Friday, April 14, 2006

The end of the Canucks

I don't know why, but it seems only fitting that the Vancouver Canucks frittered away third-period leads in back-to-back games en route to missing the playoffs for the first time in five years.

The feat merely allows the Canucks to, once again, don the crown of 'Most Frustrating Canadian Franchise to Cheer For of All-Time.' (It's a big crown.)

Mudcrutch sort of made a quasi-case for his Oilers on Tuesday, one that veteran Canuck-watcher Tom Benjamin pooh-poohed yesterday.
If there is any justice, Edmonton fans will get another turn the year before the Toronto Maple Leafs get another one. I don't really care when either happens as long as it's after I'm dead.
Well said.

Back before 'the fan in me' died — (he was bludgeoned to death with a tire iron in J-school) — I was a Canucks fan. It's true.

And that's why I'm qualified to tell you why you should take pity on our poor, West Coast friends.

Ask a Canuck fan what happened in the late '90s, and most will draw a blank. It's a period that's been erased Eternal-Sunshine-of-the-Spotless-Mind style from half the city.

After a Cindarella run to the Stanley Cup finals in 1994, one that ended one Nathan-Lafayette-hitting-the-post shot short, longtime Canucks coach Pat Quinn moved into the general manager's role fulltime.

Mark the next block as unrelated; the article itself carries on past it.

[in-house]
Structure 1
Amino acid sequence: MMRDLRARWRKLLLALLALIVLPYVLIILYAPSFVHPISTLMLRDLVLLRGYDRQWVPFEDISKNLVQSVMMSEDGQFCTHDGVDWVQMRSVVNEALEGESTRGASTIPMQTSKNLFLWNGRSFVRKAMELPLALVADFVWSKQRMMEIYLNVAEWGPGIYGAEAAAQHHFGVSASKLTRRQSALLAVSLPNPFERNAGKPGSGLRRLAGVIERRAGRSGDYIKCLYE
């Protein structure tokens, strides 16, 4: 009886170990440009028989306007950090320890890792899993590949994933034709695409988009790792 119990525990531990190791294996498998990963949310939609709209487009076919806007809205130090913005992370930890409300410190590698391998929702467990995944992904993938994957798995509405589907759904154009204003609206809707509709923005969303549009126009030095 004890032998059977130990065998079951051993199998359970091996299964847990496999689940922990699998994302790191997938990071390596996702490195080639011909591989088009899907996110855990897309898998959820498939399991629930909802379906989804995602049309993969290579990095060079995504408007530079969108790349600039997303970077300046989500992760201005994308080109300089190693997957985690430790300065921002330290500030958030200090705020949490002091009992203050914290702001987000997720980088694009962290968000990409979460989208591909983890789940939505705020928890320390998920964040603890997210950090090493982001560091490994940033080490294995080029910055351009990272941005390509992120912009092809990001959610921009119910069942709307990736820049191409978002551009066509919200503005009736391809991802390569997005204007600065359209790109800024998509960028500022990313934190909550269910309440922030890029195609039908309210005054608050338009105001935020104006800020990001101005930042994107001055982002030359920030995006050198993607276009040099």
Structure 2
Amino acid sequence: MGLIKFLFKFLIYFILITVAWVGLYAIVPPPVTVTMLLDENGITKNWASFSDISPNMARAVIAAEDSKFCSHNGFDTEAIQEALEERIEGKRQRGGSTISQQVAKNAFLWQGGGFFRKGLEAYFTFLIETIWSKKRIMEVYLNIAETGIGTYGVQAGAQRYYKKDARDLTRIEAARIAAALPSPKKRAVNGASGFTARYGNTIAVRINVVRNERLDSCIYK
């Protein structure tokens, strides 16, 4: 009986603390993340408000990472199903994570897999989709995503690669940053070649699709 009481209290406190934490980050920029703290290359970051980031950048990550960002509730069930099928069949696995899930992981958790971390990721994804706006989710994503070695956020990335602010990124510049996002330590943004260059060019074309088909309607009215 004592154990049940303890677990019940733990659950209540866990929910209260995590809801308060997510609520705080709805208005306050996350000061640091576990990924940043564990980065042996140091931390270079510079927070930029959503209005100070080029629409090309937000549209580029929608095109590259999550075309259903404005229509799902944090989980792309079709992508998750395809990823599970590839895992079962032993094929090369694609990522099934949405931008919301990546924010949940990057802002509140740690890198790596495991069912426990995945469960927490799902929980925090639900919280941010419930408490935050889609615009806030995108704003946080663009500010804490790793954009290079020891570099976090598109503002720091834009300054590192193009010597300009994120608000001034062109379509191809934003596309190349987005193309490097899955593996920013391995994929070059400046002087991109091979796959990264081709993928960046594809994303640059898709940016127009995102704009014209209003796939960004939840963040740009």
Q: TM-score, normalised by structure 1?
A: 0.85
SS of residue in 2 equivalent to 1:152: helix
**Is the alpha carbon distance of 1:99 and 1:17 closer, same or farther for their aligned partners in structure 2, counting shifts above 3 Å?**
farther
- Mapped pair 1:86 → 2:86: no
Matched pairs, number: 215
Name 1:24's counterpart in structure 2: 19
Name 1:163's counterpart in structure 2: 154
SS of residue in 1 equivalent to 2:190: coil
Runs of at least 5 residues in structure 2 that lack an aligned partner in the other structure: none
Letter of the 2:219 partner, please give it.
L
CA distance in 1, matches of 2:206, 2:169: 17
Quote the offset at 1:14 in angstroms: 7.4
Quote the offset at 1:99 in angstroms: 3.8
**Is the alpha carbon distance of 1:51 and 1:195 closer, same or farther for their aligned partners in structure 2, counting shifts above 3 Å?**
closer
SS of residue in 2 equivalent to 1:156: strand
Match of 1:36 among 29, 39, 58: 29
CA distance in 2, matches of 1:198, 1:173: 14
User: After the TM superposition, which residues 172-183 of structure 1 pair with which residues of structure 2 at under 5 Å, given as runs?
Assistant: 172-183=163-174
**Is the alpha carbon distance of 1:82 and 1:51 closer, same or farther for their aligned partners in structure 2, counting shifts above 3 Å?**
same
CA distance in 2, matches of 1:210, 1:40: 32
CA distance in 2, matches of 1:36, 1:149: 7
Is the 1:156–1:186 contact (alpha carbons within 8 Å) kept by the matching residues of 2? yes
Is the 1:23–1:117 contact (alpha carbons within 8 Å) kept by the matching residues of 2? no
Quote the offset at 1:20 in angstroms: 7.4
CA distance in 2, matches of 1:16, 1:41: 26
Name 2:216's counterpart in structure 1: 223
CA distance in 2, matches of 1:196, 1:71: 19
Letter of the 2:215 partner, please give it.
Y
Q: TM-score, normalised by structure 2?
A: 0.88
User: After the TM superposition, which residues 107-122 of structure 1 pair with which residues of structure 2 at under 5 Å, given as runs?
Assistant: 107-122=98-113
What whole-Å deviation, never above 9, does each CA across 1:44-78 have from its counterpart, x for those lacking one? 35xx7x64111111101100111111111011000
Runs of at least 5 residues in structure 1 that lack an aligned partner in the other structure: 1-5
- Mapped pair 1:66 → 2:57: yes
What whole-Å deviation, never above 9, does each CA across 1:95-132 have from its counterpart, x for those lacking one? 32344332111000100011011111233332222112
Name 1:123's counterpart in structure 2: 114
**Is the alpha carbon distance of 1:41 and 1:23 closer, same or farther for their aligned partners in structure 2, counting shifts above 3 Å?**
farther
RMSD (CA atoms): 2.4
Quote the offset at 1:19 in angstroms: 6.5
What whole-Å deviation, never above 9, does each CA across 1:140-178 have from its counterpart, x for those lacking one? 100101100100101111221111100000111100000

And, even only looking behind the bench, the years that followed were ugly.

Vancouver still shudders at the name Rick Ley. The nefarious 'Multiple Coaches' arrived in 1995-96. The next season brought a completely-in-over-his-head Tom Renney. M.C. reprised his reign of terror in 1997-98 and 1998-99.

Meanwhile, the Canucks missed the playoffs four years in a row — the first three of which starred 'Raphael' wearing a Messier jersey.

It all sucked. But when Marc Crawford, less than three years removed from winning a Stanley Cup, came to Vancouver, things began to change. The team even snuck into the playoffs (!) in 2000-01 as the 8th seed.

And, hey, a younger version of me forked over way too much money for four lower-bowl tickets for Game 3.

Up against a stacked Colorado team, the Canucks really didn't have a chance. But they were there!

The city was positively giddy.